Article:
I started the day with a visit to an open-aired market. It was interesting to see all the fresh produce and hussle and bustle. Besides I wanted to buy some things to cook. When you travel long-term, eating out quickly get boring and cooking feels more like a novelty. I wanted to make something French but seeing that I don’t really know how to cook I picked up a baguette and various cheeses. When in Paris…
In the afternoon, I decided to join some couchsurfers for an art crawl. After yesterday’s success with the art exhibit, it sounded like a good idea. We arrived at the meeting spot, in front of a metro station in the 13th district and headed for the group of awkward-looking people who didn’t dress like hipsters. (tip: This is usually the best way to identify Couchsurfers in any country)
The walk around Butte aux cailles was enjoyable but I soon remembered that I don’t actually like art. Somehow just staring at an old painting does very little for me. I mean, okay it’s cool but now what?
It was far more interesting to see what the old Parisian neighbourhood looked like, from the quaint buildings to cobblestone streets. Even the road signs looked cool. It was just like being in Amelie, except there were no English subtitles or quirky French music playing in the background.
However, we did see plenty of street art from famous artists like Miss.tic and Invader, who I heard about from the documentary Exit Through The Gift Shop to some others who are probably anonymous for good reason (i.e. they suck). In high-school I was suspended for 2 days for attempting street art. Admittedly, it’s much harder to demonstrate good composition using spray paint as opposed to using MS Paint. But it’s nice to know it’s easier to get away with these things when you’re older.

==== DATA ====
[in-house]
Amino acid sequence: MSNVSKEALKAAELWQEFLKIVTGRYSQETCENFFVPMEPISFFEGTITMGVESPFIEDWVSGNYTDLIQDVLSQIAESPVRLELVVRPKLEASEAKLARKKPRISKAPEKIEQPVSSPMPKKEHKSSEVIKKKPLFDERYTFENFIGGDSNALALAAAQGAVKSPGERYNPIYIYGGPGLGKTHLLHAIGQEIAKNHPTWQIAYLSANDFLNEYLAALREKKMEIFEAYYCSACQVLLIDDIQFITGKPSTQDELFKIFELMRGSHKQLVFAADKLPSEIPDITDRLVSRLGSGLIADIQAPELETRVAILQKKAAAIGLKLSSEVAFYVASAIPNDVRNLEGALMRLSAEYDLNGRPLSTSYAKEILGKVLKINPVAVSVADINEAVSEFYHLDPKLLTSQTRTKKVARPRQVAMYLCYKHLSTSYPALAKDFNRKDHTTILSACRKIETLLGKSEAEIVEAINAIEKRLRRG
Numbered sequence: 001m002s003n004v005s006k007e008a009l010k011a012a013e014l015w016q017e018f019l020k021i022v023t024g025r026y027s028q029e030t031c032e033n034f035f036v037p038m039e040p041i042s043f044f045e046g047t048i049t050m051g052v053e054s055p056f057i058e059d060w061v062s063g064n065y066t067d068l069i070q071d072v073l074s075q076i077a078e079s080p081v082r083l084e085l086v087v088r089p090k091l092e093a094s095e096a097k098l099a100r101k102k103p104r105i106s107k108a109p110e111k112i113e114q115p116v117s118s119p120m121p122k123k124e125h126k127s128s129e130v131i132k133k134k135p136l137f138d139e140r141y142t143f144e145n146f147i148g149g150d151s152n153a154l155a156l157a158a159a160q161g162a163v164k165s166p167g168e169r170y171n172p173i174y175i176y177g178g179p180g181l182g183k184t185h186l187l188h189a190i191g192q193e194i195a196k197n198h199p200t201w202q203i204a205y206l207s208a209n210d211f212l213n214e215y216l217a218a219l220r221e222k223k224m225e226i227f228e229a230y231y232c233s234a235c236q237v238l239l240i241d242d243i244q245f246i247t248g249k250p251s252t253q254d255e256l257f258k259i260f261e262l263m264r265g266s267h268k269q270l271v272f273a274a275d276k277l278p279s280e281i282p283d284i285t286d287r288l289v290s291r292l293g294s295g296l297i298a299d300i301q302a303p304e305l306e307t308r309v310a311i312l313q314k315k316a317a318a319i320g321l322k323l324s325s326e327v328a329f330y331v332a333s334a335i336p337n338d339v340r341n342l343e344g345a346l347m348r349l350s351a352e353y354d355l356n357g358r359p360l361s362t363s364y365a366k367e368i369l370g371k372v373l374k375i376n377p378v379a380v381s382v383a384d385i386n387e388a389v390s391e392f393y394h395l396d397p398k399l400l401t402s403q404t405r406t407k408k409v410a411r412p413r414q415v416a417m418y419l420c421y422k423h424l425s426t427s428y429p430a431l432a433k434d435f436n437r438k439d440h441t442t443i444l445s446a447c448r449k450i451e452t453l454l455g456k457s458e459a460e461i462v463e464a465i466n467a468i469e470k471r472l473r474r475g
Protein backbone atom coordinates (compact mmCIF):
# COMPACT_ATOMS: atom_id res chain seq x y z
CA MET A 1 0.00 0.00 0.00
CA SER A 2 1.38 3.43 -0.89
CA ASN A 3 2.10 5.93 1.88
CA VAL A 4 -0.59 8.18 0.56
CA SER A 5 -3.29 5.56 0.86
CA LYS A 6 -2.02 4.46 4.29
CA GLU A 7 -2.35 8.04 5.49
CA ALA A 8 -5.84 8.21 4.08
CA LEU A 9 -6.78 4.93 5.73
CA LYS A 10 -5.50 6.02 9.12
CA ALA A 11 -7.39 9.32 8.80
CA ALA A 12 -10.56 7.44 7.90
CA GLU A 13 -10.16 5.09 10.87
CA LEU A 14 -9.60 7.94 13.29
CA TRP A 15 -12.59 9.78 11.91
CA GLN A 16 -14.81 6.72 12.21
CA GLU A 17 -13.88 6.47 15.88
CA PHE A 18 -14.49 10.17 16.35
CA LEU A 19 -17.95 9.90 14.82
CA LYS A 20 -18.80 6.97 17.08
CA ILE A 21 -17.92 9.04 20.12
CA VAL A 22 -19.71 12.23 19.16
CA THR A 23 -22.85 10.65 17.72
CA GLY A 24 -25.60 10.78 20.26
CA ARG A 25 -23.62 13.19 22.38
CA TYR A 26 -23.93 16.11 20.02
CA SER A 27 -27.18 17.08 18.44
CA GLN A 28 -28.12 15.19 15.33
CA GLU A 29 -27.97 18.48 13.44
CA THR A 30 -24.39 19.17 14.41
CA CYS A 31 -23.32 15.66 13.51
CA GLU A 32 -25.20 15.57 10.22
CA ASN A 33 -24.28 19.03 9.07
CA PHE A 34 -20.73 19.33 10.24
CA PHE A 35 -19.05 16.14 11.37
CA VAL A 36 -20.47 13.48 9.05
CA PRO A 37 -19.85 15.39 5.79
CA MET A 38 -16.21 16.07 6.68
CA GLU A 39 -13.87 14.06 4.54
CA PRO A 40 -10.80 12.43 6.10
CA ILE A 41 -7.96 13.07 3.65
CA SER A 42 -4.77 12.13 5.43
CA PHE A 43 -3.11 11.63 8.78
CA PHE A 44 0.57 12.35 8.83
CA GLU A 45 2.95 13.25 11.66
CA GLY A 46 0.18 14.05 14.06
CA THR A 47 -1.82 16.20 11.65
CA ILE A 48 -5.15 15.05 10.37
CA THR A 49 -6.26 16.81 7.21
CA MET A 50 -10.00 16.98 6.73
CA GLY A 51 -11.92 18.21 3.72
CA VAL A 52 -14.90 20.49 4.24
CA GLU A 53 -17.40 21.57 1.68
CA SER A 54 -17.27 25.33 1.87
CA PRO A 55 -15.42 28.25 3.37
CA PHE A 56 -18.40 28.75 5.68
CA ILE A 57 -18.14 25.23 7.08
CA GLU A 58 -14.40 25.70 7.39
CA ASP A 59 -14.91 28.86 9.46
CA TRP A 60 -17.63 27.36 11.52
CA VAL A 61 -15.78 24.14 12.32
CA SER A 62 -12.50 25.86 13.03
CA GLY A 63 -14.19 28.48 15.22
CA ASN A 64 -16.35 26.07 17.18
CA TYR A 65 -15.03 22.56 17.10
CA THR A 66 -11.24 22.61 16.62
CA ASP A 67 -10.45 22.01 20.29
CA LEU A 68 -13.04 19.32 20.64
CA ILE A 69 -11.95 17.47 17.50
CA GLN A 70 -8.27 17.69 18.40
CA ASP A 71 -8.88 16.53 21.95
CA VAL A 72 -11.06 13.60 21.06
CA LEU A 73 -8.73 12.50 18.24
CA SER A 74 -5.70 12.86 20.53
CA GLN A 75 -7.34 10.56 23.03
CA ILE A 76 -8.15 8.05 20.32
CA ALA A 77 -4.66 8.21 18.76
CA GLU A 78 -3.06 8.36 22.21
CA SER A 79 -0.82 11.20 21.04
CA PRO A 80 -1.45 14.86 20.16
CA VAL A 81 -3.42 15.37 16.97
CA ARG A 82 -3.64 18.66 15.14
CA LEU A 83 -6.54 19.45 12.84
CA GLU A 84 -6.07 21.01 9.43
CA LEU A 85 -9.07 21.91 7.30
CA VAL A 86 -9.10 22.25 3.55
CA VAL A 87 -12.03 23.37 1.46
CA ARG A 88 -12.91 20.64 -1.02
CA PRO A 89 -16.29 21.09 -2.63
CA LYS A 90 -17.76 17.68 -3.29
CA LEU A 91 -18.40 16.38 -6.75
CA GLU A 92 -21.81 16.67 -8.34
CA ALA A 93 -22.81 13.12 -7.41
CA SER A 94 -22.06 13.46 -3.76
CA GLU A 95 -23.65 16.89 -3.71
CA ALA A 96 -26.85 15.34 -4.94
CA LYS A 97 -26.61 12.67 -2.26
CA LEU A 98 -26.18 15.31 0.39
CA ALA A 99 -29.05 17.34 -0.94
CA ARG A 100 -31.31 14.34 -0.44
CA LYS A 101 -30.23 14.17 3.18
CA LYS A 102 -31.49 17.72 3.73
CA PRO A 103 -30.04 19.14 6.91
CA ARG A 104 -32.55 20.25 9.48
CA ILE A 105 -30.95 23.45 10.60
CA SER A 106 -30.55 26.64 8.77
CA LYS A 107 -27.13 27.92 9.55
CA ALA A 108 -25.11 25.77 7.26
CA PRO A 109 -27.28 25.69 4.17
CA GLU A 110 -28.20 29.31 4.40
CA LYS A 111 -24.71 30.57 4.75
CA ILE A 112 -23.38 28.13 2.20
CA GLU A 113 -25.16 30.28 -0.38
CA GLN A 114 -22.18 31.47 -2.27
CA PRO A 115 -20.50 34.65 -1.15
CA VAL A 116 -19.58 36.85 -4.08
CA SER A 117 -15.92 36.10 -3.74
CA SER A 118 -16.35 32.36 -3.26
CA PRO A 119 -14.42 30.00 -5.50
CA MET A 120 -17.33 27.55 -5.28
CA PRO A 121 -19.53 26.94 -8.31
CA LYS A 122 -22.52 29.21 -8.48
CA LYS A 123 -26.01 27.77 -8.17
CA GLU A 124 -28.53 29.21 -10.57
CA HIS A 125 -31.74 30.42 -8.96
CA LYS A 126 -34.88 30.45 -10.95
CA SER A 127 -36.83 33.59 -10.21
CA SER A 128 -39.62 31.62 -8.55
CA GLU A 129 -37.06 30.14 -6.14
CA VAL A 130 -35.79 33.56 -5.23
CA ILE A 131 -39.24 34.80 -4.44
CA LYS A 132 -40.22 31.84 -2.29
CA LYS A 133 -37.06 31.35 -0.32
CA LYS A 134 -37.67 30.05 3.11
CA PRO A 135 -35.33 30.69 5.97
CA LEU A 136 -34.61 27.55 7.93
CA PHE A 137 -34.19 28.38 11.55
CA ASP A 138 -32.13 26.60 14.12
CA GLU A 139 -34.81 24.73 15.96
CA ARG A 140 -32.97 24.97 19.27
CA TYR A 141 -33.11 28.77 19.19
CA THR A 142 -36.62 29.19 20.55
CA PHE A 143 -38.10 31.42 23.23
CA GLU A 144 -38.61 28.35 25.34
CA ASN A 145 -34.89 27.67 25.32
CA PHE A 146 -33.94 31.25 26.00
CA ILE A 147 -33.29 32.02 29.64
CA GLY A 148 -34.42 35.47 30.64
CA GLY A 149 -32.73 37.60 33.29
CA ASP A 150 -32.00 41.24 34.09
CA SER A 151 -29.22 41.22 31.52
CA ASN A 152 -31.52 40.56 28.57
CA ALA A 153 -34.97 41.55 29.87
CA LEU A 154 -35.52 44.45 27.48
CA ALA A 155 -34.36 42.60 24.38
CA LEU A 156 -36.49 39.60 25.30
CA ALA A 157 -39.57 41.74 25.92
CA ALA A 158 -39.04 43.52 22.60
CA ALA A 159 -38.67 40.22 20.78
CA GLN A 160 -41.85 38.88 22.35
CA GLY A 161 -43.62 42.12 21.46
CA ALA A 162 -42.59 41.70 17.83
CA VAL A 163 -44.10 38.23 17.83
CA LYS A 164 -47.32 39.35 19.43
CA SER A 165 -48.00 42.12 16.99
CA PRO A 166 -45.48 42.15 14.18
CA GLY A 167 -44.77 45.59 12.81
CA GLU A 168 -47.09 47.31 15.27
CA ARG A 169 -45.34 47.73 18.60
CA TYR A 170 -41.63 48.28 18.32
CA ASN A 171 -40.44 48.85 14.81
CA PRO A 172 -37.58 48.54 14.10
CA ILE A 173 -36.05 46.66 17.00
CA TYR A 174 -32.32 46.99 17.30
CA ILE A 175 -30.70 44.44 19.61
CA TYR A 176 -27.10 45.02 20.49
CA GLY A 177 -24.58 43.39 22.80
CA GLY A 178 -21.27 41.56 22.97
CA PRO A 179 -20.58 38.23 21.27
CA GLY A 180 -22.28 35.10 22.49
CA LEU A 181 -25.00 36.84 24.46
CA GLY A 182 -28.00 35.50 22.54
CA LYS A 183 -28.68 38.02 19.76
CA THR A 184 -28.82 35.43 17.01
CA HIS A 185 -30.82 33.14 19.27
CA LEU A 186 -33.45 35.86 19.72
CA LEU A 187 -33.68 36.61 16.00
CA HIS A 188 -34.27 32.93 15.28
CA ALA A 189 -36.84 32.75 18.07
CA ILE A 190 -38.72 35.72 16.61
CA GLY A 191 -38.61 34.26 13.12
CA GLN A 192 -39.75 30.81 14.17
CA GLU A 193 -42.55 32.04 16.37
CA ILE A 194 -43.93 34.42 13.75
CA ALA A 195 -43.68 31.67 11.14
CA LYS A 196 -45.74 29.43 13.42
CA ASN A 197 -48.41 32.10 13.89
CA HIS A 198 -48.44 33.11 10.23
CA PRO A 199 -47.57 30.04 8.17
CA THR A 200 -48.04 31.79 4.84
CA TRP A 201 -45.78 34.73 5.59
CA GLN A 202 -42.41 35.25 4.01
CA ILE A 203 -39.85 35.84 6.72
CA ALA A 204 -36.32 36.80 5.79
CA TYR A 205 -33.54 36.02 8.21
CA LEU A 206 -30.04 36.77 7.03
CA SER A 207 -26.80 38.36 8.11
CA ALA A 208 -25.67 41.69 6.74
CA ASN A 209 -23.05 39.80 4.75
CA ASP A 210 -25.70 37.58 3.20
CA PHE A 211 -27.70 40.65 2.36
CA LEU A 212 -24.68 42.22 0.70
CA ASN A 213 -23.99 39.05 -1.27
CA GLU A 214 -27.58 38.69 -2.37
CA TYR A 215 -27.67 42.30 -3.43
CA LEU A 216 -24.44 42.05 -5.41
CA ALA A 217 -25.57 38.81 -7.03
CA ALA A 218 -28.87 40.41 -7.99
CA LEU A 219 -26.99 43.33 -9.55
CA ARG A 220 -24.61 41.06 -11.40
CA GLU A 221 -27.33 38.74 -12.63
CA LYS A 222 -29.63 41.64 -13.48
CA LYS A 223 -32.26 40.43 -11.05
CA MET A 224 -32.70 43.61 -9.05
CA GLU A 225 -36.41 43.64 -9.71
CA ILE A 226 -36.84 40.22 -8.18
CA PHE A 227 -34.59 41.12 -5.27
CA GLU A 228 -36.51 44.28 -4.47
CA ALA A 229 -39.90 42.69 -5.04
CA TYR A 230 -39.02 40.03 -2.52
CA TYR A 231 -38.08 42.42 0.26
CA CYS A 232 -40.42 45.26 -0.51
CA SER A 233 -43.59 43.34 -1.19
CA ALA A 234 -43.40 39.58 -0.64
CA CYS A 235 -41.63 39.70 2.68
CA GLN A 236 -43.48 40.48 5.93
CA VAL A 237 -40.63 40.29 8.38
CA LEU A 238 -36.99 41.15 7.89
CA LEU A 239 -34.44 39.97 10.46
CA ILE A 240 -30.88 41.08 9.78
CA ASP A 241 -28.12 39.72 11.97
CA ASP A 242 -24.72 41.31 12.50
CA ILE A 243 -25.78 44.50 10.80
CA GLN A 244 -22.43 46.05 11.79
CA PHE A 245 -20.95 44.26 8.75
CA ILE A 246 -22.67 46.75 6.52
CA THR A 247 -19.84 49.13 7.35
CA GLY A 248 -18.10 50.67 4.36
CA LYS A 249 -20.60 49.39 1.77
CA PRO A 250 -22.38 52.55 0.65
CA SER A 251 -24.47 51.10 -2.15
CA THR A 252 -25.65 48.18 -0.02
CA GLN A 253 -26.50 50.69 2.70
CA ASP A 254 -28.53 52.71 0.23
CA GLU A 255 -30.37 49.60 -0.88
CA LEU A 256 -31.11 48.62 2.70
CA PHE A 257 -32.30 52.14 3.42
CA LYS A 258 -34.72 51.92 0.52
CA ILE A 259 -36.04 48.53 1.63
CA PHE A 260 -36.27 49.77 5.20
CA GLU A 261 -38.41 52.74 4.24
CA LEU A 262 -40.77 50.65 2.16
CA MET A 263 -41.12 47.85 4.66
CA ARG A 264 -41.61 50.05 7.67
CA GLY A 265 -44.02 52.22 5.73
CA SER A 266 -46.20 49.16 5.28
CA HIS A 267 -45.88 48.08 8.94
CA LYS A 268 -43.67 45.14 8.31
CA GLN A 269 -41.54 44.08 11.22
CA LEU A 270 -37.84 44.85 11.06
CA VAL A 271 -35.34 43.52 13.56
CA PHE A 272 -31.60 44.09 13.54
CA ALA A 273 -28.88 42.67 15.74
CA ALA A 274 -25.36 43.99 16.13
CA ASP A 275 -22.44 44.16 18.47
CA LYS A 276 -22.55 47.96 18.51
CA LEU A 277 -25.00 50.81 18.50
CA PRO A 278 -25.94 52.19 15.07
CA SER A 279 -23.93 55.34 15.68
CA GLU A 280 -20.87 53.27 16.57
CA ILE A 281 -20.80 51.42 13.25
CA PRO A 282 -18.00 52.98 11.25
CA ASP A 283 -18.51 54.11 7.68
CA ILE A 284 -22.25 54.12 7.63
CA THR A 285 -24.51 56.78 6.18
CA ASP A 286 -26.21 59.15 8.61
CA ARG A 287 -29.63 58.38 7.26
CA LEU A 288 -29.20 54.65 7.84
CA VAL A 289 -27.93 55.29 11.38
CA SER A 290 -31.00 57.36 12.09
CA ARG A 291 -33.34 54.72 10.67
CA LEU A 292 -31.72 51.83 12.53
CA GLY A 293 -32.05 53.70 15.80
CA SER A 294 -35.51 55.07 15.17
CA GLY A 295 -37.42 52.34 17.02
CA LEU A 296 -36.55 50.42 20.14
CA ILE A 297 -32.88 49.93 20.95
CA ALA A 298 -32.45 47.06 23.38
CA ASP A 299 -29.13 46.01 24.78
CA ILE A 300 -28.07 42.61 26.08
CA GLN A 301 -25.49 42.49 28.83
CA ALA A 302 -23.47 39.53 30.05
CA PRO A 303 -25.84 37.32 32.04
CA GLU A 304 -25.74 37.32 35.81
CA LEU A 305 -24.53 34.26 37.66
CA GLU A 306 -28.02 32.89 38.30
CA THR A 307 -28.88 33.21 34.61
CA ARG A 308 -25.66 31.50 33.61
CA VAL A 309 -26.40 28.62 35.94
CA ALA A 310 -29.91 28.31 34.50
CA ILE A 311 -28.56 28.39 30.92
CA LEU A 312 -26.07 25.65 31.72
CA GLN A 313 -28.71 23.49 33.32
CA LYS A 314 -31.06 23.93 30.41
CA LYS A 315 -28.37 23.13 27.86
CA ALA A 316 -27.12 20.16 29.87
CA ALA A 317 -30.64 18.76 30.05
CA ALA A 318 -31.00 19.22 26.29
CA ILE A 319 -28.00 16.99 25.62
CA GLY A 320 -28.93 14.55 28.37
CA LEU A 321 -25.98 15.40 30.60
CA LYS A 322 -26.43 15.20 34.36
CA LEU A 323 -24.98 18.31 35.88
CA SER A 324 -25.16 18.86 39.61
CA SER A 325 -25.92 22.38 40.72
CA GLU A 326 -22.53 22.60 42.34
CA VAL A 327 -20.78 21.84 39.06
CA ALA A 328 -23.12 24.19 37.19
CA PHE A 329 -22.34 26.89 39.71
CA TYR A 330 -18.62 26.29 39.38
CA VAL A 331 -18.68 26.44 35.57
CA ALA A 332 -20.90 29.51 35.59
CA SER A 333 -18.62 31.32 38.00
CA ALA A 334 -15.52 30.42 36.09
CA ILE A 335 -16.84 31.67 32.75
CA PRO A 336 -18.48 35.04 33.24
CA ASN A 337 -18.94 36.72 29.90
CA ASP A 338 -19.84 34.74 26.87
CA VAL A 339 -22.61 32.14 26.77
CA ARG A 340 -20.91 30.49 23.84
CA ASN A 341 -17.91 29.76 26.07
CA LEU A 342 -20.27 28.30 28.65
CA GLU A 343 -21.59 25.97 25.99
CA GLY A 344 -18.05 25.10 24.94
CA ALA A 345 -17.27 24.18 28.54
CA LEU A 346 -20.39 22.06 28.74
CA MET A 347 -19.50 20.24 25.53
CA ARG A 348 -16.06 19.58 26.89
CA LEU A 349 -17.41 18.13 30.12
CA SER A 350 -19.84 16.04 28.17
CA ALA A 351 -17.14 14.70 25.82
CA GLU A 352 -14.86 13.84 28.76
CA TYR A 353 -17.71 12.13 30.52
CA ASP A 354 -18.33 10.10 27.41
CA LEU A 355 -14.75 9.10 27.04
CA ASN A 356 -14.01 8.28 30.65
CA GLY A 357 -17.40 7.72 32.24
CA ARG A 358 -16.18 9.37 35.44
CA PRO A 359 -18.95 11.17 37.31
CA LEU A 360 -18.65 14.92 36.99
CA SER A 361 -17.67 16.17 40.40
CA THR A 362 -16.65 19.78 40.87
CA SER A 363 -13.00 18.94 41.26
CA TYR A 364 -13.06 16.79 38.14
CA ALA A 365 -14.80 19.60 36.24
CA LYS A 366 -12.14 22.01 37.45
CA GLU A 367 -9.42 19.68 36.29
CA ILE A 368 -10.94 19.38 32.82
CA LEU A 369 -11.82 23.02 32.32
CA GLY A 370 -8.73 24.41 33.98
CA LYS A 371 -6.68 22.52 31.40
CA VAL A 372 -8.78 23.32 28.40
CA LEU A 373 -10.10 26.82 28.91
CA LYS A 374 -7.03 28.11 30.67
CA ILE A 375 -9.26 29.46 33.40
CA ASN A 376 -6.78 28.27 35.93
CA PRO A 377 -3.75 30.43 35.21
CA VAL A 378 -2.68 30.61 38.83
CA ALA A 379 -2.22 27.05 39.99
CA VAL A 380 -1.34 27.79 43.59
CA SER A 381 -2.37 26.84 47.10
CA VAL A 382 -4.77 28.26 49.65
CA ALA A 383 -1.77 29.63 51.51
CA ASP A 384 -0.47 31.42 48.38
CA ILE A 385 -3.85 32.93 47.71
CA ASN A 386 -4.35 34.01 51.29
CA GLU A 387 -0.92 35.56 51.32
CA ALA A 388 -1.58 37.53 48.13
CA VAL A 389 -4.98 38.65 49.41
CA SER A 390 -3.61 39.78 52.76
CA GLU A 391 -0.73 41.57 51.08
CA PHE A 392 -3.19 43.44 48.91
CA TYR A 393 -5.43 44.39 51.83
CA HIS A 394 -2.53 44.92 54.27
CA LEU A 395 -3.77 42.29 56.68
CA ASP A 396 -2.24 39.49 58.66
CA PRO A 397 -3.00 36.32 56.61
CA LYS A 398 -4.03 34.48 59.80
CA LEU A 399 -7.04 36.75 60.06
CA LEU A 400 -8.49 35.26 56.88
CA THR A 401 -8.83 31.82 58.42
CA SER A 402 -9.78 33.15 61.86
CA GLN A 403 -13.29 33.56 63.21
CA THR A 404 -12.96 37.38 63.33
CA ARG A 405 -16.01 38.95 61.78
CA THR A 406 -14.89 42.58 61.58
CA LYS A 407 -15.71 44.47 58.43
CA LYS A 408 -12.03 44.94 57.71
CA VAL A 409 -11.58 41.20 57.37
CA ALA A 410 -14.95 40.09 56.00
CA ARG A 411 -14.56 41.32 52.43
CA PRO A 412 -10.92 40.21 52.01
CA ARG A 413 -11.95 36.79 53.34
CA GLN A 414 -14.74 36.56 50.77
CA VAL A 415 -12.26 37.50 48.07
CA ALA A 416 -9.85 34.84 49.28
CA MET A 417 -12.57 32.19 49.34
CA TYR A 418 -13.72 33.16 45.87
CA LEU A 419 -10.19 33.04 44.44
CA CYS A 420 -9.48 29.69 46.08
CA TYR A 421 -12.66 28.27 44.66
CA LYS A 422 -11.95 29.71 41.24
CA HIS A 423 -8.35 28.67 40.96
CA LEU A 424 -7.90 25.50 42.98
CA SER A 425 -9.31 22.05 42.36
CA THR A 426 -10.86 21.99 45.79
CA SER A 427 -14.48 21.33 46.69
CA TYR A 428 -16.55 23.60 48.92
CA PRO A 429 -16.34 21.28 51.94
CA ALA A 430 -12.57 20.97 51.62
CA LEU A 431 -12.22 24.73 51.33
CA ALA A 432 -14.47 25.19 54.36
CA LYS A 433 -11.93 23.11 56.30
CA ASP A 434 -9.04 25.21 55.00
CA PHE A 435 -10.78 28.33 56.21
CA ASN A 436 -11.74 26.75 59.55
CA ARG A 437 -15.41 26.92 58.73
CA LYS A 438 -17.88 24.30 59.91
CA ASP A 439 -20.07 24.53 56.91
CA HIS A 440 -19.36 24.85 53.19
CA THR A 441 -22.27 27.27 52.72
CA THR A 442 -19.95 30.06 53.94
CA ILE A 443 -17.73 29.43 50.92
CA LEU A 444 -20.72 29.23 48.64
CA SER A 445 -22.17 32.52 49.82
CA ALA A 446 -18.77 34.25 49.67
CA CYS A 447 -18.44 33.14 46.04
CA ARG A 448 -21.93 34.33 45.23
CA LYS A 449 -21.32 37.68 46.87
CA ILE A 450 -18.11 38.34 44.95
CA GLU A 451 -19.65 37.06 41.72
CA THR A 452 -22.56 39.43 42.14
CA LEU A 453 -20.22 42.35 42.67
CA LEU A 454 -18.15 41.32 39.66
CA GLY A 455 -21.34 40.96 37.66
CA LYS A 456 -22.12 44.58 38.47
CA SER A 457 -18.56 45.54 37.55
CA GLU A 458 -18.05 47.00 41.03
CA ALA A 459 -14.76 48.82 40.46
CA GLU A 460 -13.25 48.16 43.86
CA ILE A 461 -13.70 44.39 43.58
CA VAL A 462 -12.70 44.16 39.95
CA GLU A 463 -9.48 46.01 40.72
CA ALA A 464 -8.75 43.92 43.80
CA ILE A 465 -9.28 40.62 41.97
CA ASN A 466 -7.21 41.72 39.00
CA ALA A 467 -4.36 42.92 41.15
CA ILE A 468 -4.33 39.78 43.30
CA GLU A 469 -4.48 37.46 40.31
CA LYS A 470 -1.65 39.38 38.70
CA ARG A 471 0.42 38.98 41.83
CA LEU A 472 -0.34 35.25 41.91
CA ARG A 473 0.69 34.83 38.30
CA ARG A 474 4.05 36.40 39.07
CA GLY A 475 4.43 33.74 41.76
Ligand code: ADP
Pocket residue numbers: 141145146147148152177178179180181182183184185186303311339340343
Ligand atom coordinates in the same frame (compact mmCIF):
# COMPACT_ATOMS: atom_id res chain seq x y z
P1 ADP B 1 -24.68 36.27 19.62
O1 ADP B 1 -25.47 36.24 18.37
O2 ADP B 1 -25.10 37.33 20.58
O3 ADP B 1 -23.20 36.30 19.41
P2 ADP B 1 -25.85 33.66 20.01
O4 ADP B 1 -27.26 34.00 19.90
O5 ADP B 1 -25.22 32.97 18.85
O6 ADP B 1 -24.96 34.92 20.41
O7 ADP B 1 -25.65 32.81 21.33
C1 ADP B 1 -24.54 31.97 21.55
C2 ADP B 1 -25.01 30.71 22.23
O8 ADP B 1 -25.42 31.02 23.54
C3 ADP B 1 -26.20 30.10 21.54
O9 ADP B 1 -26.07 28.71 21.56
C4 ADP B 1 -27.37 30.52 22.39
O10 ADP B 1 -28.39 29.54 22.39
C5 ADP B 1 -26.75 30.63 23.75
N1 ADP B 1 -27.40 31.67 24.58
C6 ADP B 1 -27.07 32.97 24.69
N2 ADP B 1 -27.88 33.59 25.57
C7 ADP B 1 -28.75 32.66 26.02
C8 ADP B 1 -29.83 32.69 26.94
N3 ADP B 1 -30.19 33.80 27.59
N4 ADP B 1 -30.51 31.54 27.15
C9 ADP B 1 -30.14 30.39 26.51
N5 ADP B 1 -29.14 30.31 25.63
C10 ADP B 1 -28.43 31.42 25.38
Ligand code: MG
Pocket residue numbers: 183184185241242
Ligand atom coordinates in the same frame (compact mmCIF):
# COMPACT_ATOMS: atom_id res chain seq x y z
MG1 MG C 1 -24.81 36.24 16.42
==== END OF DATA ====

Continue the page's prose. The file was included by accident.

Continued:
In the evening, we decided to hit a bar called Les Disquaires. An underground band called Aftersnowfall playing experimental electronic music was headlining. It was very funky and lots of fun until I noticed the price list. I was warned that booze is expensive in Paris but I had no idea that pints would be €7-8. And that’s supposed to be “reasonable” in Paris. Of course, it’s not readily obvious because a standard beer seems to be a ½ metric pint ie. 0.25L or slightly smaller than an Imperial pint. (yes, I take these things seriously).
I stared at the price list in disbelief. You know, like when you see an accident and it’s so horrible but you can’t stop staring at all the body fragments and twisted metal. For a brief moment, I even convinced myself that buying a ½ pint of Heineken for 3.50 euros would be a good compromise. But then I realized that I don’t know how to order a half-pint in French, let alone that I hate Heineken or that it would very gay to be drinking a half-pint of beer.
I was totally perplexed as to how people were happily paying these prices. The French are known for going on strike for any injustice. If there was one reason to do it, this would be it! If I were a Frenchman I would instigate another French revolution over this. Forget about cake, let them drink beer!
Perhaps people get paid so much here that they don’t notice. Or maybe they just don’t like alcohol as much, even though they make lots of it. The French could be like drug dealers who avoid touching their stash, hoping all the Anglos drink themselves to an early grave. People here definitely seem to drink in moderation. What an odd concept.
I decided there was only one thing to do: I would stop drinking. Not unlike when Gandhi began a fast as a means to social protest. I too, would walk in Gandhi’s footsteps and stop drinking booze to protest these outrageous prices.
Besides, I do really need to detox. Liver, you better be fucking grateful.
Are you a fan of street art?